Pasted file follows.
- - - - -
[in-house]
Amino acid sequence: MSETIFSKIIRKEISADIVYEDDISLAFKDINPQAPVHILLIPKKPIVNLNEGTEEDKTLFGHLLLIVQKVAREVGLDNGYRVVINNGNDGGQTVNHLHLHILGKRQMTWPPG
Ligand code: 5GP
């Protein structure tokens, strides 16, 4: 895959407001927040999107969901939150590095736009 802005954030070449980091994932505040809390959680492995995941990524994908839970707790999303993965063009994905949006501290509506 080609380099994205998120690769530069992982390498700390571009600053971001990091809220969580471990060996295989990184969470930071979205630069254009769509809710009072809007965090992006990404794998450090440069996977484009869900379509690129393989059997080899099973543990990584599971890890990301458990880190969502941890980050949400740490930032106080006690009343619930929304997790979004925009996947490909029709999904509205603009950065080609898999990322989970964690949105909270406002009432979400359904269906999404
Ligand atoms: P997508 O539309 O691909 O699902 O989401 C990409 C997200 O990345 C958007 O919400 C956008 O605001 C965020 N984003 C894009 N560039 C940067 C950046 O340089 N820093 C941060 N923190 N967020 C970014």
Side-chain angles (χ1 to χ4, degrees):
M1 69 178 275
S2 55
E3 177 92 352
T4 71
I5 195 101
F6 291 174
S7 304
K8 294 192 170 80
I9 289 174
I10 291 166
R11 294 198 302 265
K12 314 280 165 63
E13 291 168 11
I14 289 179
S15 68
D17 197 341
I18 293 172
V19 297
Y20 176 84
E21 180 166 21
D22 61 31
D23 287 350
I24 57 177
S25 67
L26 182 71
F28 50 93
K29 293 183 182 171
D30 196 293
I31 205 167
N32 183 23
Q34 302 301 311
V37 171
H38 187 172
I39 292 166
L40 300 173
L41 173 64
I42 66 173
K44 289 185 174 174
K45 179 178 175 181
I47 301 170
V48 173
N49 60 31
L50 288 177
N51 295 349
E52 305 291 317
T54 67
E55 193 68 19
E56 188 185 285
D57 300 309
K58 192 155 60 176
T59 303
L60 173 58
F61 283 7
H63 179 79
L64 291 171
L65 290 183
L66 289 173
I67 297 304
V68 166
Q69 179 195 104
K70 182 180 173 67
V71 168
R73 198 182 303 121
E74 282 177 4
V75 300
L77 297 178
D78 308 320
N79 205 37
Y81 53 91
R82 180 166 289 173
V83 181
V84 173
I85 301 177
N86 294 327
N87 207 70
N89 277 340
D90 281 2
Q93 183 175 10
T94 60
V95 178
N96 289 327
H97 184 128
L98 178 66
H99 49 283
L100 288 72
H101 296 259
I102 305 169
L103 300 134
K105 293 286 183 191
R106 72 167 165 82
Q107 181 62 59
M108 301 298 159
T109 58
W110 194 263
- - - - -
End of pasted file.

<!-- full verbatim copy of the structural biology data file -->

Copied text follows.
[in-house]
Amino acid sequence: MSETIFSKIIRKEISADIVYEDDISLAFKDINPQAPVHILLIPKKPIVNLNEGTEEDKTLFGHLLLIVQKVAREVGLDNGYRVVINNGNDGGQTVNHLHLHILGKRQMTWPPG
Ligand code: 5GP
């Protein structure tokens, strides 16, 4: 895959407001927040999107969901939150590095736009 802005954030070449980091994932505040809390959680492995995941990524994908839970707790999303993965063009994905949006501290509506 080609380099994205998120690769530069992982390498700390571009600053971001990091809220969580471990060996295989990184969470930071979205630069254009769509809710009072809007965090992006990404794998450090440069996977484009869900379509690129393989059997080899099973543990990584599971890890990301458990880190969502941890980050949400740490930032106080006690009343619930929304997790979004925009996947490909029709999904509205603009950065080609898999990322989970964690949105909270406002009432979400359904269906999404
Ligand atoms: P997508 O539309 O691909 O699902 O989401 C990409 C997200 O990345 C958007 O919400 C956008 O605001 C965020 N984003 C894009 N560039 C940067 C950046 O340089 N820093 C941060 N923190 N967020 C970014």
Side-chain angles (χ1 to χ4, degrees):
M1 69 178 275
S2 55
E3 177 92 352
T4 71
I5 195 101
F6 291 174
S7 304
K8 294 192 170 80
I9 289 174
I10 291 166
R11 294 198 302 265
K12 314 280 165 63
E13 291 168 11
I14 289 179
S15 68
D17 197 341
I18 293 172
V19 297
Y20 176 84
E21 180 166 21
D22 61 31
D23 287 350
I24 57 177
S25 67
L26 182 71
F28 50 93
K29 293 183 182 171
D30 196 293
I31 205 167
N32 183 23
Q34 302 301 311
V37 171
H38 187 172
I39 292 166
L40 300 173
L41 173 64
I42 66 173
K44 289 185 174 174
K45 179 178 175 181
I47 301 170
V48 173
N49 60 31
L50 288 177
N51 295 349
E52 305 291 317
T54 67
E55 193 68 19
E56 188 185 285
D57 300 309
K58 192 155 60 176
T59 303
L60 173 58
F61 283 7
H63 179 79
L64 291 171
L65 290 183
L66 289 173
I67 297 304
V68 166
Q69 179 195 104
K70 182 180 173 67
V71 168
R73 198 182 303 121
E74 282 177 4
V75 300
L77 297 178
D78 308 320
N79 205 37
Y81 53 91
R82 180 166 289 173
V83 181
V84 173
I85 301 177
N86 294 327
N87 207 70
N89 277 340
D90 281 2
Q93 183 175 10
T94 60
V95 178
N96 289 327
H97 184 128
L98 178 66
H99 49 283
L100 288 72
H101 296 259
I102 305 169
L103 300 134
K105 293 286 183 191
R106 72 167 165 82
Q107 181 62 59
M108 301 298 159
T109 58
W110 194 263